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Rubik’s cube competition aligns corners, color and people

In the same building where Barbra Streisand, Dean Martin and Elvis Presley performed over 50 years ago, more than 600 people from 37 countries came to show off their Rubik’s Cube talents Saturday.

The three-dimensional puzzle and toy drew competitors of all ages to the Riviera for the three-day Rubik’s Cube World Championships.

Some people wore Rubik’s Cube T-shirts that said “Just peel the stickers off.” One woman walked around with a Rubik’s Cube purse.

Thousands of clicks coming from thousands of Rubik’s Cubes sounding like violent typing on a typewriter echoed through the Strip hotel-casino’s convention center as participants tried to find the quickest way to solve the cube.

“I used to practice eight or nine hours a day,” said 18-year-old Jackson Worley. “But now it’s more like one to two hours a day.”

Worley, who has won tournaments in his home state of Colorado, began playing with Rubik’s Cubes in 2007 and entered his first competitive tournament in Denver in 2008.

“A lot of it is practicing and getting comfortable with how the cube works,” he said. “It’s inherently mathematical in theory, but all you really need to do is see what goes where.”

Worley’s fastest time solving the cube was 7.88 seconds.

Just like Worley, George Agatep said he used trial and error to hone his skills. Agatep, a math tutor from Mira Loma, Calif., said he doesn’t use much math when trying to solve the cube.

“When I started seven years ago I messed up but then I just practiced and figured it out,” he said.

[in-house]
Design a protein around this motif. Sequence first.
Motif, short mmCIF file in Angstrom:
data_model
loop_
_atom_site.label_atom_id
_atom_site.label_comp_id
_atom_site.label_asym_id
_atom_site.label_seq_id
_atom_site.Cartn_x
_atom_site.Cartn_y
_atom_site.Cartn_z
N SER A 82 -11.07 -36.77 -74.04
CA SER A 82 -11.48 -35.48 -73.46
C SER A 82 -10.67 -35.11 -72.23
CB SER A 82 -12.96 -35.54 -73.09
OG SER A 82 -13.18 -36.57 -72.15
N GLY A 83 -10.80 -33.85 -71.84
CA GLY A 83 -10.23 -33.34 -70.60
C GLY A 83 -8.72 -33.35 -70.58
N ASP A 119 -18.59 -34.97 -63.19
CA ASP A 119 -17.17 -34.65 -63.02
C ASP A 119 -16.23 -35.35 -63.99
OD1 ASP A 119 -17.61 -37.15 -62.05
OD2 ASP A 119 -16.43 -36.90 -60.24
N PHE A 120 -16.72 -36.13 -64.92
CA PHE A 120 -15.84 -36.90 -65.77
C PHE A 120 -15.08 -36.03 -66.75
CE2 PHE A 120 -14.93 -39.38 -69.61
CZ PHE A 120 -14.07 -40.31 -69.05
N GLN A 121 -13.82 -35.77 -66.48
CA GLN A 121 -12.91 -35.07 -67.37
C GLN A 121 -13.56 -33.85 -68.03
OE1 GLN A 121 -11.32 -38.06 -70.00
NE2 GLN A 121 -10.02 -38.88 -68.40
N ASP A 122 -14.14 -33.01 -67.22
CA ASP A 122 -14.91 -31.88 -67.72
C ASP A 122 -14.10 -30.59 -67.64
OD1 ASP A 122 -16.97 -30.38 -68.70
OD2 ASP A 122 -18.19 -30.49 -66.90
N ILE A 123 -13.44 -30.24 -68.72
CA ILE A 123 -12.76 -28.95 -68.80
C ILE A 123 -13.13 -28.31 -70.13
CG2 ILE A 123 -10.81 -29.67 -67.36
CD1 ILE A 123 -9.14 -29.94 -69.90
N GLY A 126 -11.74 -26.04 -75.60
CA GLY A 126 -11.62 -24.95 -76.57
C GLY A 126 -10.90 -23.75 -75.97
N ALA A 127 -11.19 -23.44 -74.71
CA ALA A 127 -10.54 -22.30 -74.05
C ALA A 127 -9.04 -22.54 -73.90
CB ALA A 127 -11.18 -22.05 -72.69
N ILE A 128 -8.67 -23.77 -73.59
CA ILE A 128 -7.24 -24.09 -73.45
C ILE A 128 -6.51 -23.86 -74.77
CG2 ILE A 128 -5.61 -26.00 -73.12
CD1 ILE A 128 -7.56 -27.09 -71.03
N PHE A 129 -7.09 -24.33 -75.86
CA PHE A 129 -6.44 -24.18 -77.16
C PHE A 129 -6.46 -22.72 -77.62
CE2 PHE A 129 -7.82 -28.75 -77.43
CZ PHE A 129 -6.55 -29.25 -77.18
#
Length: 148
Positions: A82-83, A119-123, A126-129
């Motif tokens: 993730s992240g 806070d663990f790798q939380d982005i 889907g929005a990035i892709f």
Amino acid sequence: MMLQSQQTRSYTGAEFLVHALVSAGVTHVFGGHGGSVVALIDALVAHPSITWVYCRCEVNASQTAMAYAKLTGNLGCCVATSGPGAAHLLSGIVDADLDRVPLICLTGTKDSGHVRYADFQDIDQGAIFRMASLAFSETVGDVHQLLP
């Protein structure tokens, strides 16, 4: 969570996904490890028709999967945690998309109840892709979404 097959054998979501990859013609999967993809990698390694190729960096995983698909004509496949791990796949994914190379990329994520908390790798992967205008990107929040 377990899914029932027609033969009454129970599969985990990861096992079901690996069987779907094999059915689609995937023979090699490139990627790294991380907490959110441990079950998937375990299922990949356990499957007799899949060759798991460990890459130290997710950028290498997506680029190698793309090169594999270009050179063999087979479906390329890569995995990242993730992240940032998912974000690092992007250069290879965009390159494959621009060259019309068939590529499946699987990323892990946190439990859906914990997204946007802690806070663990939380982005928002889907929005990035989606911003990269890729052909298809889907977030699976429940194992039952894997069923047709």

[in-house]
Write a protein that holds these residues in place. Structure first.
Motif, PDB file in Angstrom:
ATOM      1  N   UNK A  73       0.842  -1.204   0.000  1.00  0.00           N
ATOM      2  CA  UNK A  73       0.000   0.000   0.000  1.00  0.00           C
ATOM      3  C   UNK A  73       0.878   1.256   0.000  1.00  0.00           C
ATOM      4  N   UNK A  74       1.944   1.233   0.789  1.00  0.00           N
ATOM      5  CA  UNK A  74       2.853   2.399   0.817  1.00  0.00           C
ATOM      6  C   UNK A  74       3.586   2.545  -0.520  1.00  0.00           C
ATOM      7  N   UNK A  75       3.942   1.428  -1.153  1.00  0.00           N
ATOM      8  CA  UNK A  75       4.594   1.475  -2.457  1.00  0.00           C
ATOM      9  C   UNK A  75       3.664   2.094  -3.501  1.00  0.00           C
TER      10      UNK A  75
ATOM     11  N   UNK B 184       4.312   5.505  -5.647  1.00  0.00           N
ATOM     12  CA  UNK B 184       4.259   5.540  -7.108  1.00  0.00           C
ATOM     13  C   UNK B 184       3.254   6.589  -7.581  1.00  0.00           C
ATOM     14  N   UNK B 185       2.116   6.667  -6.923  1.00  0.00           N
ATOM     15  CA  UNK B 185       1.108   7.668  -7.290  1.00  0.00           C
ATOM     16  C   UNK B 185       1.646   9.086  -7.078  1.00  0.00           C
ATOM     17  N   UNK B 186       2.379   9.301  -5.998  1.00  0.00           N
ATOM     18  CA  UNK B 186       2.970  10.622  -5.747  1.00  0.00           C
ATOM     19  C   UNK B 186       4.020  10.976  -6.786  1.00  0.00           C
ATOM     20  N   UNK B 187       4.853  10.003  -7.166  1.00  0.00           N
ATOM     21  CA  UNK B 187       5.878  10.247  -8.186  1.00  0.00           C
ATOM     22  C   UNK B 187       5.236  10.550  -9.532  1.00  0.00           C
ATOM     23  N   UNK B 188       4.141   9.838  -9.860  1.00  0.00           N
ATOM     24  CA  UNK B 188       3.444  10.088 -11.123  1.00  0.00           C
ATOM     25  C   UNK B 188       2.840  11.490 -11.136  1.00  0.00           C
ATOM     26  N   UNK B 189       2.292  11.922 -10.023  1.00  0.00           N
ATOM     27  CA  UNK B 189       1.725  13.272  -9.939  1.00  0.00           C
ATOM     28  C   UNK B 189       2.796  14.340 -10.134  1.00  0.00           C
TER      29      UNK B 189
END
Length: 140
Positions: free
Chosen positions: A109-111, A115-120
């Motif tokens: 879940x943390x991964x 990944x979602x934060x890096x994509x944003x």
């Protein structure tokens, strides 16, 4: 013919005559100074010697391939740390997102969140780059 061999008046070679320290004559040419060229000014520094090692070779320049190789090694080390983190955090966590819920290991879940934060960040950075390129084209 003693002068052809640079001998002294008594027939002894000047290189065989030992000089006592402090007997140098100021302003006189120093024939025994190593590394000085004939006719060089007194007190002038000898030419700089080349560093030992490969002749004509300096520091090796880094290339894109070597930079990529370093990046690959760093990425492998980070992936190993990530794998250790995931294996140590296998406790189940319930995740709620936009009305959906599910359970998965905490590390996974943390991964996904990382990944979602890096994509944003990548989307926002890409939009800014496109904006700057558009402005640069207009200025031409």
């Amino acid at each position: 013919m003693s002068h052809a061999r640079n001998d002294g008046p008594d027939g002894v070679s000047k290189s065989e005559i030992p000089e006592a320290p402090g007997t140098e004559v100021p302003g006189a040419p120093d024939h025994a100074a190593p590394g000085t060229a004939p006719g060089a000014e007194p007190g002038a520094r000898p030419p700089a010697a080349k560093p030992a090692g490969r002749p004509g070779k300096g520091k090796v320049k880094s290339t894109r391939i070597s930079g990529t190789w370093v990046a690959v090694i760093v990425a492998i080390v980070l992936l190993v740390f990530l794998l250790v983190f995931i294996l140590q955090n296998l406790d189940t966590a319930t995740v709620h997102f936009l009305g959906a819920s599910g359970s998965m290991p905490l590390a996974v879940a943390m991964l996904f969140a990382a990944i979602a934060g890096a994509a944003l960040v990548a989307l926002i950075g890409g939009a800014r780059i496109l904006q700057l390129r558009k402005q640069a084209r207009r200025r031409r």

Agatep uses his own method to solve the cube as opposed to what he called the “regular” method in which people break the cube down by rows.

“I like to start with the corners, the two opposing sides, and then the middle,” he said. “I didn’t use any books or anything. I like these events because I like meeting new people and tripping them out with my method.”

Joey Gouly, a 23-year-old resident of Cambridge, England, said it’s the people who bring him back to these events.

“It’s cool seeing my friends in different parts of the world for this,” he said. “The best part of it all is seeing people new and old. That’s why I’m here.”

Gouly solved the cube in the lower stages of six seconds since he began playing back in 2007. Since then, he has been to 15 countries to compete in tournaments.

Despite the skill and practice that comes with learning how to master the Rubik’s Cube, competitors said meeting new people is the best part of the experience.

“I just decided it would be a cool thing to do and I’ve made so many friends through it,” Worley said.

Of course, watching 8-year-olds solve a Rubik’s Cube with one hand in less than two minutes is pretty cool too.

Contact reporter Steven Slivka at SSlivka@reviewjournal.com or 702-383-0264.

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